Petitions submitted during the period immediately before an election or referendum will need to be treated differently and this will be explained in the acknowledgement.
If a petition does not follow the guidelines set out, the council may decide not to do anything with it and the reasons for this will be set out in the Council response.
How will the Council respond to petitions?
The Council will respond to you on how your petition will be dealt with and any action to be taken.
The response to a petition will depend on what a petition asks for and how many people have signed it, but may include one or more of the following:
Taking the action requested in the petition;
Considering the petition at a Council meeting;
Holding an inquiry into the matter;
Undertaking research into the matter;
Holding a public meeting;
Holding a consultation;
Holding a meeting with the petitioners;
Referring the petition for consideration by the council's Scrutiny committee (internal);
Calling a referendum;
Writing to the petition organiser setting out our views about the request in the petition.
or it can be handed in at a Council office within the borough.
The Council is in the process of developing an online/electronic petition facility which will be available from 15 December 2010.
What issues can a petition relate to?
Bury Council's petition arrangements allow the public to submit a petition in relation to any function of the Council. These can include:
Local facilities and amenities;
Schools and healthcare.
Bury Council has key interests across the borough that, although may not be in its direct area of responsibility, still affect the local area. On this basis Bury Council will respond to petitions which relate to the economic, social or environmental well-being of the authority's area where partner organisations are involved as well as petitions relating to its own functions.
If a petition relates to something which the council has no direct control (for example a hospital or railway), the council will consider making representations on behalf of the community to the relevant body. The council works with a large number of local partners, such as Greater Manchester Police and health bodies; and where possible will work with these partners to respond to the petition.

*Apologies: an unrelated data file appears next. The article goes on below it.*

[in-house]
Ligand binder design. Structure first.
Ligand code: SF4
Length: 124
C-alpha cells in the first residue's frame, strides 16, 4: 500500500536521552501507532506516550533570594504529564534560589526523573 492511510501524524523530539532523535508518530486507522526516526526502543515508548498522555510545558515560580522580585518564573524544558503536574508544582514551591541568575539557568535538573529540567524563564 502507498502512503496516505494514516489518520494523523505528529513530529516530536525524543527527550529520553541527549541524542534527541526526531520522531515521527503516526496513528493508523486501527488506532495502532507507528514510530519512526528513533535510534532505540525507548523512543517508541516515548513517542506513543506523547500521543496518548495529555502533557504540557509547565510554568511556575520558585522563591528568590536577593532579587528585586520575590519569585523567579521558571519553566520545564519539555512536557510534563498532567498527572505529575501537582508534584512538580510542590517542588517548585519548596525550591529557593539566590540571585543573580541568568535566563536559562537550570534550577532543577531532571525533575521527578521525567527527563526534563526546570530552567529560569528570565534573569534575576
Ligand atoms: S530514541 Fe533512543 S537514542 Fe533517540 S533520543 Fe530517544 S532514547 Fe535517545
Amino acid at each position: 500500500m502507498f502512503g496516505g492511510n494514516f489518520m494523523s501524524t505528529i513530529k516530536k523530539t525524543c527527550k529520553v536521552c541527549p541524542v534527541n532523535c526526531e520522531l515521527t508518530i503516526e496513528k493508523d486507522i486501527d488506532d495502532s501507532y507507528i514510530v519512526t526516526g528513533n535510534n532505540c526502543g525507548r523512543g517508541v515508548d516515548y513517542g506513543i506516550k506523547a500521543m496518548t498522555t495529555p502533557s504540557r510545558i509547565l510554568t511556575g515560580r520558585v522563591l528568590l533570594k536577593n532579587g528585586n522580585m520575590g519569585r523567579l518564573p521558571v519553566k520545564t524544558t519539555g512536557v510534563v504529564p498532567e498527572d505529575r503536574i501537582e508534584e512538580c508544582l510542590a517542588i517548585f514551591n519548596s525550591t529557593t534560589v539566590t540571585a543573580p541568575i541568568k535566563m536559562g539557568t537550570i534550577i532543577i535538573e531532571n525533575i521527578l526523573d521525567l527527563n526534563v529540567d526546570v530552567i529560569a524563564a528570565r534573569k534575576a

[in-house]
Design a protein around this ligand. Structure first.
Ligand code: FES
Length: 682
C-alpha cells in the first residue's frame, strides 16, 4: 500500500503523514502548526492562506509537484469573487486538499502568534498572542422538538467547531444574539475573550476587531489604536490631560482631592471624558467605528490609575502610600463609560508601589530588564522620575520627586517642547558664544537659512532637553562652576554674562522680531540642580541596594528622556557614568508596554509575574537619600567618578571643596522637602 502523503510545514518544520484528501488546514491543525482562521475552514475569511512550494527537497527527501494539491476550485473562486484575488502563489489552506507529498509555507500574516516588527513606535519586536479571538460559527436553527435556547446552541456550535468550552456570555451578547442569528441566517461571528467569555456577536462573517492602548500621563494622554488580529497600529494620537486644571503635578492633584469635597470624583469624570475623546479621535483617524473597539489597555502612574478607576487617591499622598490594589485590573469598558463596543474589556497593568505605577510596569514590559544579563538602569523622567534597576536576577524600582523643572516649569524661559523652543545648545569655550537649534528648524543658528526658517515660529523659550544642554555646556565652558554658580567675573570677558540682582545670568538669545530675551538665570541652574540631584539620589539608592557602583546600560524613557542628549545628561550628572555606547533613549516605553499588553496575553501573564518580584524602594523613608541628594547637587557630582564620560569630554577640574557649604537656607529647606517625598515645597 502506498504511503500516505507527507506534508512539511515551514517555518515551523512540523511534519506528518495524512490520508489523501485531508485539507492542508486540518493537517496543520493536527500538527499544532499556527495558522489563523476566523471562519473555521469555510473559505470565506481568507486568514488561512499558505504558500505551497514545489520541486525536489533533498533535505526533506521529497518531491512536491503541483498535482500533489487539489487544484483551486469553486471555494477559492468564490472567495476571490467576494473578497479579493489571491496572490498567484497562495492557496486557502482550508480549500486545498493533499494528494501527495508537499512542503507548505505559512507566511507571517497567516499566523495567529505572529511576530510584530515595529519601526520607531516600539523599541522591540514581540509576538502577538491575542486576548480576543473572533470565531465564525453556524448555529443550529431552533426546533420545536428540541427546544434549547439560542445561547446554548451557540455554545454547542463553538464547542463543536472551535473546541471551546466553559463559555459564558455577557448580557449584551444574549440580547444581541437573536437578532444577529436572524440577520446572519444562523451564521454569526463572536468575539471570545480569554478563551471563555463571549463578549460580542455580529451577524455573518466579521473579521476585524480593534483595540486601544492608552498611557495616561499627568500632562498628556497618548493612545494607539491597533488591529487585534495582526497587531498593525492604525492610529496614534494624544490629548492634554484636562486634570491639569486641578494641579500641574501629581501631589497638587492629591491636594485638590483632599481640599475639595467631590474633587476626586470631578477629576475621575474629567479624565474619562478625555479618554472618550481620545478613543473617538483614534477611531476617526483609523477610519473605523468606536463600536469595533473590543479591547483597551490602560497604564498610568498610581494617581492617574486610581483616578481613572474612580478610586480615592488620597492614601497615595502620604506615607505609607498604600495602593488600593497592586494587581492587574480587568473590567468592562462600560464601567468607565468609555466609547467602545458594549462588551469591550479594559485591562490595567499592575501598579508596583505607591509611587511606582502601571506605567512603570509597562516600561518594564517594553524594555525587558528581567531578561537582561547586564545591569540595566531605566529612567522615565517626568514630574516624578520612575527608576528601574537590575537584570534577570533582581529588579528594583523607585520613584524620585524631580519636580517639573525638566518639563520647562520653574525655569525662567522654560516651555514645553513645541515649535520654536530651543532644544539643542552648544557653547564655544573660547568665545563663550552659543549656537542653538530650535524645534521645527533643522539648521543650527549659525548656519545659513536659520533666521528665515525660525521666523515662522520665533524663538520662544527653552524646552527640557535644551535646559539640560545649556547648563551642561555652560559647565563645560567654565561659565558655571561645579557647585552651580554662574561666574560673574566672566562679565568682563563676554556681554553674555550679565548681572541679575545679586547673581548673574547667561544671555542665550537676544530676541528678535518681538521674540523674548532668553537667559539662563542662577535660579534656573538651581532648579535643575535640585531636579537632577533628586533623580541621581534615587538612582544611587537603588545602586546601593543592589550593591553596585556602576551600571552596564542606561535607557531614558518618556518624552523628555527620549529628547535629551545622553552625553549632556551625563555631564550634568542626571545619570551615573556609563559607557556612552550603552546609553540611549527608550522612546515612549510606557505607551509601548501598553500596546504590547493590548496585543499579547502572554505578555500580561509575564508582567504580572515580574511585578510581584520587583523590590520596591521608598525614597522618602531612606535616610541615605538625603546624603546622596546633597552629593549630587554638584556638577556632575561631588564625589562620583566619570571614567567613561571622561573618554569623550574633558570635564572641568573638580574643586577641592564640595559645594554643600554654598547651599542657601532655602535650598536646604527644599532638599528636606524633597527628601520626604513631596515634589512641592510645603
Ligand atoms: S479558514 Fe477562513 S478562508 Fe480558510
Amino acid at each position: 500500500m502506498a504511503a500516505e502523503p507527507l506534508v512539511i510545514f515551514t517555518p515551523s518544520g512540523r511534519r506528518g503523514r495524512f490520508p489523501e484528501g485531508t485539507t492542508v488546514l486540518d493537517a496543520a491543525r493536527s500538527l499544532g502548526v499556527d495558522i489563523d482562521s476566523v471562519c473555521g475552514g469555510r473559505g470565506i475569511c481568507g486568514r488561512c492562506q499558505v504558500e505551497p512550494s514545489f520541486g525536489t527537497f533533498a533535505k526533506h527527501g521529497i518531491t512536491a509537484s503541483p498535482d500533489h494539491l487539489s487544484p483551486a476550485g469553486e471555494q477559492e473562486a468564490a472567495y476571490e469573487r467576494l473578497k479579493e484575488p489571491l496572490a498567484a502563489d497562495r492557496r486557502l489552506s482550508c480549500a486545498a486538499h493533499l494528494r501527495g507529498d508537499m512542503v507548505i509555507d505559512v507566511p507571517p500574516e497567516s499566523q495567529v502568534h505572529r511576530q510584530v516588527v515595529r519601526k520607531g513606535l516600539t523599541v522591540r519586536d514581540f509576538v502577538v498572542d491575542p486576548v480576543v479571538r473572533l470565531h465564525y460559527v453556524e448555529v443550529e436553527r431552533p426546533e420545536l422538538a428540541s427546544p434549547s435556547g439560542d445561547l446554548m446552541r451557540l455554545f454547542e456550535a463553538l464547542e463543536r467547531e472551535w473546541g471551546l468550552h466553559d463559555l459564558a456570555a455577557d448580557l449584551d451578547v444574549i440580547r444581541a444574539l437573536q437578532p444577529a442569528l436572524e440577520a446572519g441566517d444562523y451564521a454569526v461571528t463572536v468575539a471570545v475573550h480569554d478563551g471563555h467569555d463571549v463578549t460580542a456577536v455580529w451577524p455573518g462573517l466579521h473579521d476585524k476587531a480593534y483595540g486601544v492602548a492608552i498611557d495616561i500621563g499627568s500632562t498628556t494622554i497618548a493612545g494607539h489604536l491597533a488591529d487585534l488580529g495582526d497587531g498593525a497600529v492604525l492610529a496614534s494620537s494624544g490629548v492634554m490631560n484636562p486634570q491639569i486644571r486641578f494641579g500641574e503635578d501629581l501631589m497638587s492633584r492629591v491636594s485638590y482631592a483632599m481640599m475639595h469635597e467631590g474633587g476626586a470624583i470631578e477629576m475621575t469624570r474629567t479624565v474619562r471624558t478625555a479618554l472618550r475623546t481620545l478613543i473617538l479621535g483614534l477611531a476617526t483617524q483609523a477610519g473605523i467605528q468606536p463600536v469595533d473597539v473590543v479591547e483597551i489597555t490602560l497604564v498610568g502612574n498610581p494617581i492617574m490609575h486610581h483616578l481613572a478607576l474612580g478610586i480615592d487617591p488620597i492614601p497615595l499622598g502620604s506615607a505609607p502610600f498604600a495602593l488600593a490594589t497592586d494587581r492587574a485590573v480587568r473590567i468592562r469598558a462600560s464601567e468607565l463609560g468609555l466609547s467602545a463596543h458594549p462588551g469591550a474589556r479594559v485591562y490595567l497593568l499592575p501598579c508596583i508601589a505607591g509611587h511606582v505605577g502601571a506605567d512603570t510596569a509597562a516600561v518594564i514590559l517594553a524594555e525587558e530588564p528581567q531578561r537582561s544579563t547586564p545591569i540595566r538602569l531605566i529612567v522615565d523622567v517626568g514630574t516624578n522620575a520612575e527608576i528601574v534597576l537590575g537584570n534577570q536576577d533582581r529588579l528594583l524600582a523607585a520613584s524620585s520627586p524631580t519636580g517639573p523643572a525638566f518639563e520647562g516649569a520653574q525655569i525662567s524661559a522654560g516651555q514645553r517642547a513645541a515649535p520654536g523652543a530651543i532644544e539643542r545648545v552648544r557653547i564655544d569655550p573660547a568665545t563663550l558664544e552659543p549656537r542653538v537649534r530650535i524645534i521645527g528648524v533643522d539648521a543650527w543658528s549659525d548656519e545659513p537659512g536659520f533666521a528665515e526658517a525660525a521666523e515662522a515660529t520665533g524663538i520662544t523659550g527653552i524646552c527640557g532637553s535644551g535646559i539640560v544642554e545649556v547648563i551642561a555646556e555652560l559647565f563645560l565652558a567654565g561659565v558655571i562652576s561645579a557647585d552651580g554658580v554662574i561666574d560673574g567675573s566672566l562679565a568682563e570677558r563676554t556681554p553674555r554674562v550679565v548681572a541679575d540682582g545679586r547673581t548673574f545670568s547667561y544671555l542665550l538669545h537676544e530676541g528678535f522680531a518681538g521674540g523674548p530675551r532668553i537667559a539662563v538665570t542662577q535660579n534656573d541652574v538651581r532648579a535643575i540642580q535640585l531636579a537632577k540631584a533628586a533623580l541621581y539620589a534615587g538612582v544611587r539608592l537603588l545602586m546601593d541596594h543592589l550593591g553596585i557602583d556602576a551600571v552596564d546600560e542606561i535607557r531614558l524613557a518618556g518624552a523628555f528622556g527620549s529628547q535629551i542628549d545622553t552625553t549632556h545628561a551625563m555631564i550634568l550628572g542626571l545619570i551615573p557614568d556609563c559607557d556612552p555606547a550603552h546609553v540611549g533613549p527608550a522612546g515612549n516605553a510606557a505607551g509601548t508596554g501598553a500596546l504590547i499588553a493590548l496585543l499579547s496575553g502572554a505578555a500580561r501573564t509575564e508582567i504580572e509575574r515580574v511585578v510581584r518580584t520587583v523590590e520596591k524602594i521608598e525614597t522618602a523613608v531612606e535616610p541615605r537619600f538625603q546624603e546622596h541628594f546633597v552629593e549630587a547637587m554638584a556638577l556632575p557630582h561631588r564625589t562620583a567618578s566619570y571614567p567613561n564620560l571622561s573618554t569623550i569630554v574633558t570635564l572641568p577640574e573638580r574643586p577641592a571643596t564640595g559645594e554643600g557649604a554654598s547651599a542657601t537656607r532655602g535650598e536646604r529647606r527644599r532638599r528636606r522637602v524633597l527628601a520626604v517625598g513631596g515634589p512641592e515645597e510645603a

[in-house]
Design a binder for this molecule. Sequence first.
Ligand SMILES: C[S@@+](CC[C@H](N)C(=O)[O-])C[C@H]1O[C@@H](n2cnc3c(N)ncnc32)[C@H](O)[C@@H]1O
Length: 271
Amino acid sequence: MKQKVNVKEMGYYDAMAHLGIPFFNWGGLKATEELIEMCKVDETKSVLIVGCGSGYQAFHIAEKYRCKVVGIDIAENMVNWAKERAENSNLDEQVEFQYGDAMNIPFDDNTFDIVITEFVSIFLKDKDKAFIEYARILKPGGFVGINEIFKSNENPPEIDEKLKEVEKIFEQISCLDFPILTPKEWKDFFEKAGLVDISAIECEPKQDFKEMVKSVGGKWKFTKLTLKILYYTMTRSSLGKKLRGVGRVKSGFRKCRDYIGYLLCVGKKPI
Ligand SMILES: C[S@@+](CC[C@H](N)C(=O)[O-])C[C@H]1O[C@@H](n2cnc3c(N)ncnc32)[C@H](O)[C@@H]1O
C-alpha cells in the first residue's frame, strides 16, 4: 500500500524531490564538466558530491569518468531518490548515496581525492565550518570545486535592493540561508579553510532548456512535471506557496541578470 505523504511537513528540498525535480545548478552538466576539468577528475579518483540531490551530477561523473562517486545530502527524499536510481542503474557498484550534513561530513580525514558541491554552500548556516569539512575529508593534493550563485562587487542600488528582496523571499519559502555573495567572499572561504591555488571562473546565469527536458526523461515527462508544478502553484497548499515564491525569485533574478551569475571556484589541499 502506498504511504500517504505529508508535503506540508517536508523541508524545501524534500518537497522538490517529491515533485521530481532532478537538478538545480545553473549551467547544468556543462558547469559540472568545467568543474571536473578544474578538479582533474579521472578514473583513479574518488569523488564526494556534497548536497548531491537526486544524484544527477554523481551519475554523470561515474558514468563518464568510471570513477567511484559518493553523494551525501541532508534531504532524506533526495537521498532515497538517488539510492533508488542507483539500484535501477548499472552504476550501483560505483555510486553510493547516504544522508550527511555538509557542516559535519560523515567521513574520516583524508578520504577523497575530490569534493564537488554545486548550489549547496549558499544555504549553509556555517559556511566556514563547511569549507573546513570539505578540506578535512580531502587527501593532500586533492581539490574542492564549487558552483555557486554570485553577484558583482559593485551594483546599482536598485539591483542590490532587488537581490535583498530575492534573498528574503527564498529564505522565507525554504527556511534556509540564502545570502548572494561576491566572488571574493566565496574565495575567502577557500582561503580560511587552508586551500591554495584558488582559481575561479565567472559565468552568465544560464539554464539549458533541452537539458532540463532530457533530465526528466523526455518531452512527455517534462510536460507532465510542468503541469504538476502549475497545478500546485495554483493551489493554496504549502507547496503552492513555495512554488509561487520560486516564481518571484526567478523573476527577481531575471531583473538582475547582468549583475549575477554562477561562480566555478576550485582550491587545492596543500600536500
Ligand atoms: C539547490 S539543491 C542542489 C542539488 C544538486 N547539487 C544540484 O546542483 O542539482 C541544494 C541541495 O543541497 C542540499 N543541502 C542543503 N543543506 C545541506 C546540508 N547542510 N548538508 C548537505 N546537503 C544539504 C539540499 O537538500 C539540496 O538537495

What information should a petition contain?
A petition should contain a clear, concise statement covering the subject of the petition, including:
What action the petitioners wish the council to take and call for the council to take action;
A name and signature and the address in Bury (home, work or place of study) of any person supporting the petition;
Details of how long the petition is to run for;
Contact details of the petition organiser.
What happens after the petition is submitted?
When the council receives a paper petition, an acknowledgement will be issued within 10 working days. A petition can be presented at the council offices or you can arrange to present it at a council meeting by contacting Democratic Services within 10 working days of the date of the meeting.
A further letter will be issued to inform the organiser about how the issue raised by the petition will be addressed.
What do I do if I feel my petition has not been dealt with properly?
If you feel your petition hasn't been dealt with properly, the organiser has the right to request that the council's Overview Management Committee to review the steps the council has taken in response to your petition. A request to the Overview Management Committee will need to include reasons for the review. The outcome of the review may involve an investigation, making recommendations to the Leader/Cabinet Member or referring the matter to a meeting of the Council.
The petition organiser will be informed of the outcome of the decision within seven days.